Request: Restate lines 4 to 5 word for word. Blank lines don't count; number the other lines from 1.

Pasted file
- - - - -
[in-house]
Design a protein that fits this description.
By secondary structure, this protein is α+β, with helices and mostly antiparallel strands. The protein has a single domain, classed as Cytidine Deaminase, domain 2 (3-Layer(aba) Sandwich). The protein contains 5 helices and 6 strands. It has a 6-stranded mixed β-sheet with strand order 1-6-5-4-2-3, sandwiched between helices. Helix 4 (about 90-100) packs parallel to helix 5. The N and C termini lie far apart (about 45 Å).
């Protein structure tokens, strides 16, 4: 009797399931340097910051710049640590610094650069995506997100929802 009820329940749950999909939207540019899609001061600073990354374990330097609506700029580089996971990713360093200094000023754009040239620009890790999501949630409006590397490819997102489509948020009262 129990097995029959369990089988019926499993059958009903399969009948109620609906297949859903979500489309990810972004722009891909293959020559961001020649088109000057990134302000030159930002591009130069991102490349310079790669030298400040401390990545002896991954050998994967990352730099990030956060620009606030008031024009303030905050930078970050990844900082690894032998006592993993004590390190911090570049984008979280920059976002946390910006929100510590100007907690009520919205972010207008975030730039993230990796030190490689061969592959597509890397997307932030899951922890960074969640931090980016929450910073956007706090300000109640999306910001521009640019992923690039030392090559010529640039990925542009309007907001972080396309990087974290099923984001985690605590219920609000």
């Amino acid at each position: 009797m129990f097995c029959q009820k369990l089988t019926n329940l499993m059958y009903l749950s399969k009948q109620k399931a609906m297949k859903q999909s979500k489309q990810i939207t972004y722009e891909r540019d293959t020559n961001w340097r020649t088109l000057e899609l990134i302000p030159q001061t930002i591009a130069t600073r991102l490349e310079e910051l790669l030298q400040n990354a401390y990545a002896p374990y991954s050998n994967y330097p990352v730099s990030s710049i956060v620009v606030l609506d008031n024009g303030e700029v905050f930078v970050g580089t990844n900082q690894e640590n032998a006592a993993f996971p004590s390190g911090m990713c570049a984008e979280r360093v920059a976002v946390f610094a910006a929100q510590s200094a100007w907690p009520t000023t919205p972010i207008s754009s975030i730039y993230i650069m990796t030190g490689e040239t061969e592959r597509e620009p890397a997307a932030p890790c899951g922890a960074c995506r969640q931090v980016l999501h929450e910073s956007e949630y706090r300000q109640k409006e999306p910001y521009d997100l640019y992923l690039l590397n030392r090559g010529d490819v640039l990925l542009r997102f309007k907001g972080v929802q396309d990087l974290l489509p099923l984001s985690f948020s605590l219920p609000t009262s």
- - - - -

């Protein structure tokens, strides 16, 4: 009797399931340097910051710049640590610094650069995506997100929802 009820329940749950999909939207540019899609001061600073990354374990330097609506700029580089996971990713360093200094000023754009040239620009890790999501949630409006590397490819997102489509948020009262 129990097995029959369990089988019926499993059958009903399969009948109620609906297949859903979500489309990810972004722009891909293959020559961001020649088109000057990134302000030159930002591009130069991102490349310079790669030298400040401390990545002896991954050998994967990352730099990030956060620009606030008031024009303030905050930078970050990844900082690894032998006592993993004590390190911090570049984008979280920059976002946390910006929100510590100007907690009520919205972010207008975030730039993230990796030190490689061969592959597509890397997307932030899951922890960074969640931090980016929450910073956007706090300000109640999306910001521009640019992923690039030392090559010529640039990925542009309007907001972080396309990087974290099923984001985690605590219920609000």
């Amino acid at each position: 009797m129990f097995c029959q009820k369990l089988t019926n329940l499993m059958y009903l749950s399969k009948q109620k399931a609906m297949k859903q999909s979500k489309q990810i939207t972004y722009e891909r540019d293959t020559n961001w340097r020649t088109l000057e899609l990134i302000p030159q001061t930002i591009a130069t600073r991102l490349e310079e910051l790669l030298q400040n990354a401390y990545a002896p374990y991954s050998n994967y330097p990352v730099s990030s710049i956060v620009v606030l609506d008031n024009g303030e700029v905050f930078v970050g580089t990844n900082q690894e640590n032998a006592a993993f996971p004590s390190g911090m990713c570049a984008e979280r360093v920059a976002v946390f610094a910006a929100q510590s200094a100007w907690p009520t000023t919205p972010i207008s754009s975030i730039y993230i650069m990796t030190g490689e040239t061969e592959r597509e620009p890397a997307a932030p890790c899951g922890a960074c995506r969640q931090v980016l999501h929450e910073s956007e949630y706090r300000q109640k409006e999306p910001y521009d997100l640019y992923l690039l590397n030392r090559g010529d490819v640039l990925l542009r997102f309007k907001g972080v929802q396309d990087l974290l489509p099923l984001s985690f948020s605590l219920p609000t009262s």